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U of T’s unsafe grass and mud have no heritage value

With everything else going on in Toronto city politics these days, an attempt to designate the grass and mud on the Back Campus Playing Fields at the University of Toronto as "a cultural heritage landscape" to prevent their improvement with artificial grass may not have grabbed the headlines.

It should.

On June 11, Toronto's 44 councillors will vote on such motion. If passed, it will prevent the University from hosting the 2015 Pan Am field hockey and Parapan Am soccer tournaments on the Back Campus Playing Fields and creating a lasting legacy of much safer and accessible fields for students and members of the community.

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Put aside the fact that the motion is being introduced at the very last minute, without any consultation with the University, without a single staff report on the legal, financial and recreational implications, more than four years after City Council agreed to seek the Pan Am and Parapan Am Games, and more than a year after the University's Governing Council overwhelmingly approved the project.

The fact is that what is being planned will actually preserve and enhance the historic use of the fields for the University and city. For more than a century, the primary cultural heritage on the Back Campus Playing Fields has been sport and recreation–training and competition, the preparation of physical educators and coaches, children`s sports camps, and spontaneous physical activity and play, at every level of ability from beginner to Olympian. I can document that as a historian, and I can attest to that from at least 55 years of direct personal experience as a student, coach, teacher and administrator.

The landscape of the Back Campus will remain essentially the same. No trees will be cut down. There will be no permanent stands, inflatable domes or taller fencing that will impact the view of the historic buildings and trees that surround the site. No biocides will be sprayed on the fields. The project will provide attractive new pathways, new fencing and new planting.

After the Pan Ams, every current use, including soccer, other types of football, ultimate, baseball, lacrosse and other sports; informal recreation, spontaneous play and the occasional non-sporting event such as summer films, will go on as before.

All that will be changed is the surface of the field. There is no archeological value to the soil. The project will replace the tired grass and mud with the best playing surface available, artificial grass, to the tremendous benefit of students and the community.

Given the usage of the Back Campus and the Toronto weather, it's impossible to keep grass as a multiuse athletic surface these days. No matter how much the University invests in re-seeding and re-sodding each spring, the fields quickly turn into mud with the first fall rain. When the mud dries, it becomes hard and rutted. The fields have been condemned as unsafe by Ontario University Athletics, have necessitated the cancellation of a once-popular women's field hockey intramural league, and have produced an unacceptably high rate of injuries. The only way to preserve adequate grass fields, as the Toronto Football Club does at BMO Field and the City does at Christie Pits for Toronto Maple Leaf Baseball, is to limit access.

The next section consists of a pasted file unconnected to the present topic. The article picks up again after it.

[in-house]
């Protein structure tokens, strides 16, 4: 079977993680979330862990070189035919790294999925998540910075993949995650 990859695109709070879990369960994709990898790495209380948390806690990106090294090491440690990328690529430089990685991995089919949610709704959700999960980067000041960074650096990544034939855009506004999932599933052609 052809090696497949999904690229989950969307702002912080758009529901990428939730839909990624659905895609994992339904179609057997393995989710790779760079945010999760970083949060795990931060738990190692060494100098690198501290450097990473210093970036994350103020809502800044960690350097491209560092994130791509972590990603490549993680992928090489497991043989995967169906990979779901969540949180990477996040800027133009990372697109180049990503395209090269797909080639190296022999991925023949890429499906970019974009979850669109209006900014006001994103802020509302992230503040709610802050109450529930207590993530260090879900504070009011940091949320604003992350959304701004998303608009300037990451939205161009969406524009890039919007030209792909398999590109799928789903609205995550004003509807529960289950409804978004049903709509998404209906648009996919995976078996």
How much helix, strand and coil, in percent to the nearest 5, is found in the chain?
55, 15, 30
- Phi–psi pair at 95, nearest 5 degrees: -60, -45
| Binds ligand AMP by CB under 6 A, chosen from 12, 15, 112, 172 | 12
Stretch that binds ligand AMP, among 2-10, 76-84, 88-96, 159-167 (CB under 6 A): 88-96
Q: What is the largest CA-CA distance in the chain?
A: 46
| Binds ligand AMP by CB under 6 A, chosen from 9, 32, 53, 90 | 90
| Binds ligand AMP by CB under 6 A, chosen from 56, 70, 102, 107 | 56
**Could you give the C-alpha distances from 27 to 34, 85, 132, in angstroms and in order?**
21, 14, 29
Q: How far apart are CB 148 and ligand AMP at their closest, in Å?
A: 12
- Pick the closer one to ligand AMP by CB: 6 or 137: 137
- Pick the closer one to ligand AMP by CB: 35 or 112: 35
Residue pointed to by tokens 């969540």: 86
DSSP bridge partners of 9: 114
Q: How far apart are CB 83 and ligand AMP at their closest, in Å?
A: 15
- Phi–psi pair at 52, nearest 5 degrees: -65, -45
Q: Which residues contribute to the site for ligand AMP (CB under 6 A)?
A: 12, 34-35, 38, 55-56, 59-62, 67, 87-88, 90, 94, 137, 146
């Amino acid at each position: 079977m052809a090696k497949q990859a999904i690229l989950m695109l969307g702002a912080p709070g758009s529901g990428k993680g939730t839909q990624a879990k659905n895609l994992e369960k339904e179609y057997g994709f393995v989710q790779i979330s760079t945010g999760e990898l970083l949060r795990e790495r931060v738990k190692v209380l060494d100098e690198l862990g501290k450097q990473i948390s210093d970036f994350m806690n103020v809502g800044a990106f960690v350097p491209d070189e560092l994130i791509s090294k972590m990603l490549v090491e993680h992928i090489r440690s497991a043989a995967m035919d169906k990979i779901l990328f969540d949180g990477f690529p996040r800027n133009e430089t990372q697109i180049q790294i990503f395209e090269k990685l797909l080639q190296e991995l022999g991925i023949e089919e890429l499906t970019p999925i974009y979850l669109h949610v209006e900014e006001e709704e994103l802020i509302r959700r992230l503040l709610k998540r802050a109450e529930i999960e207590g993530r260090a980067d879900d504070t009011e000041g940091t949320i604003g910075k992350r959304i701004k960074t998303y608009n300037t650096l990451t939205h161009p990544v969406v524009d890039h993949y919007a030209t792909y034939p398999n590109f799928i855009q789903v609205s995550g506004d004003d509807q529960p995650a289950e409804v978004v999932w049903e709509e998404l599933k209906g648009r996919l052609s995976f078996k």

But U of T needs to increase – not limit – access to the Back Campus Playing Fields. There are 58,000 students on the St. George campus and huge waiting lists for intramural teams. Artificial grass will enable three times the participation, with significantly less injuries. Every other institution is turfing their fields for the same reasons, including the City of Toronto and historic private schools such as St. Michael's and Upper Canada College. Think of the benefits Toronto residents have gained from the artificial turf at City parks such as Earlscourt, L'Amoreaux and Cherry Beach.

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The unintended consequences of this motion would be to ignore the students of today and tomorrow and diminish the heritage of sport and physical activity on the Back Campus, at a time when young people need it the most.

Vigorous sport has always been vital to the student experience at U of T, and I believe we owe it to our students to provide them with the best possible facilities. Upgrading the Back Campus Playing Fields with artificial turf will do that.

I strongly urge City councillors to defeat the motion.

Bruce Kidd is Warden of Hart House at the University of Toronto. While a University of Toronto student in the 1960s, he trained on the Back Campus. He was twice elected Canada's Male Athlete of the Year.

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